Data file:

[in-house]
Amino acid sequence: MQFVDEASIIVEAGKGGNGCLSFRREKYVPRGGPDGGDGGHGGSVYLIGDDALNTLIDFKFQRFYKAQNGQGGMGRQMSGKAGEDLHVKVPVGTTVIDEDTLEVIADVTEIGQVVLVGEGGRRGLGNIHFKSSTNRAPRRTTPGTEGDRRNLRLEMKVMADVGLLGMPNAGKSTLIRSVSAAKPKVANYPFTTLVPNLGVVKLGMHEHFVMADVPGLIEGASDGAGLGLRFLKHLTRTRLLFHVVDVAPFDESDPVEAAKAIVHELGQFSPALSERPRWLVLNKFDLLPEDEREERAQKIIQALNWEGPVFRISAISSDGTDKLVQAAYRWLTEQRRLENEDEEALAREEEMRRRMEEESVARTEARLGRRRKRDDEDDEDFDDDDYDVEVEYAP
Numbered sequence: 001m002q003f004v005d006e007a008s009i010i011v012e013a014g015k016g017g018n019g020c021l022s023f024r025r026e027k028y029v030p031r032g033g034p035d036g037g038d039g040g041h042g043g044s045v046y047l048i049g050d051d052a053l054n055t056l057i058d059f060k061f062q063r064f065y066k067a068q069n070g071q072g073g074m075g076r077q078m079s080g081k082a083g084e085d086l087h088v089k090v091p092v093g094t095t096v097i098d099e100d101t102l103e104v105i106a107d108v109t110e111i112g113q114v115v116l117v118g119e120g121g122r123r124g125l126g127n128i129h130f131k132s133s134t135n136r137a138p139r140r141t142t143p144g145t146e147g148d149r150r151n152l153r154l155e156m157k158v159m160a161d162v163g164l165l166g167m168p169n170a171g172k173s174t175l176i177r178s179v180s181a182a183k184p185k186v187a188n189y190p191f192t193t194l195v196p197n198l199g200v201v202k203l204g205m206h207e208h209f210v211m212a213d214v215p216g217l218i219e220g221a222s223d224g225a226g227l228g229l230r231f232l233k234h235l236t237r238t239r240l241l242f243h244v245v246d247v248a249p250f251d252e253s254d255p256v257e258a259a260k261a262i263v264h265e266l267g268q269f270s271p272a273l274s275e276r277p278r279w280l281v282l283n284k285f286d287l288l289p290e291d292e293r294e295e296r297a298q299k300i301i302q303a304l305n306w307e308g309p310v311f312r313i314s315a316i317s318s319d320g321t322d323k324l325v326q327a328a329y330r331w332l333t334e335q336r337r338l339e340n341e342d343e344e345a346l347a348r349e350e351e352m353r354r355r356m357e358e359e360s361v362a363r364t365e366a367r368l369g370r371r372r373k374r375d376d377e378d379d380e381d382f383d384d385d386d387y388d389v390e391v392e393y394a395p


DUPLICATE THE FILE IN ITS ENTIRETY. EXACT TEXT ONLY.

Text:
[in-house]
Amino acid sequence: MQFVDEASIIVEAGKGGNGCLSFRREKYVPRGGPDGGDGGHGGSVYLIGDDALNTLIDFKFQRFYKAQNGQGGMGRQMSGKAGEDLHVKVPVGTTVIDEDTLEVIADVTEIGQVVLVGEGGRRGLGNIHFKSSTNRAPRRTTPGTEGDRRNLRLEMKVMADVGLLGMPNAGKSTLIRSVSAAKPKVANYPFTTLVPNLGVVKLGMHEHFVMADVPGLIEGASDGAGLGLRFLKHLTRTRLLFHVVDVAPFDESDPVEAAKAIVHELGQFSPALSERPRWLVLNKFDLLPEDEREERAQKIIQALNWEGPVFRISAISSDGTDKLVQAAYRWLTEQRRLENEDEEALAREEEMRRRMEEESVARTEARLGRRRKRDDEDDEDFDDDDYDVEVEYAP
Numbered sequence: 001m002q003f004v005d006e007a008s009i010i011v012e013a014g015k016g017g018n019g020c021l022s023f024r025r026e027k028y029v030p031r032g033g034p035d036g037g038d039g040g041h042g043g044s045v046y047l048i049g050d051d052a053l054n055t056l057i058d059f060k061f062q063r064f065y066k067a068q069n070g071q072g073g074m075g076r077q078m079s080g081k082a083g084e085d086l087h088v089k090v091p092v093g094t095t096v097i098d099e100d101t102l103e104v105i106a107d108v109t110e111i112g113q114v115v116l117v118g119e120g121g122r123r124g125l126g127n128i129h130f131k132s133s134t135n136r137a138p139r140r141t142t143p144g145t146e147g148d149r150r151n152l153r154l155e156m157k158v159m160a161d162v163g164l165l166g167m168p169n170a171g172k173s174t175l176i177r178s179v180s181a182a183k184p185k186v187a188n189y190p191f192t193t194l195v196p197n198l199g200v201v202k203l204g205m206h207e208h209f210v211m212a213d214v215p216g217l218i219e220g221a222s223d224g225a226g227l228g229l230r231f232l233k234h235l236t237r238t239r240l241l242f243h244v245v246d247v248a249p250f251d252e253s254d255p256v257e258a259a260k261a262i263v264h265e266l267g268q269f270s271p272a273l274s275e276r277p278r279w280l281v282l283n284k285f286d287l288l289p290e291d292e293r294e295e296r297a298q299k300i301i302q303a304l305n306w307e308g309p310v311f312r313i314s315a316i317s318s319d320g321t322d323k324l325v326q327a328a329y330r331w332l333t334e335q336r337r338l339e340n341e342d343e344e345a346l347a348r349e350e351e352m353r354r355r356m357e358e359e360s361v362a363r364t365e366a367r368l369g370r371r372r373k374r375d376d377e378d379d380e381d382f383d384d385d386d387y388d389v390e391v392e393y394a395p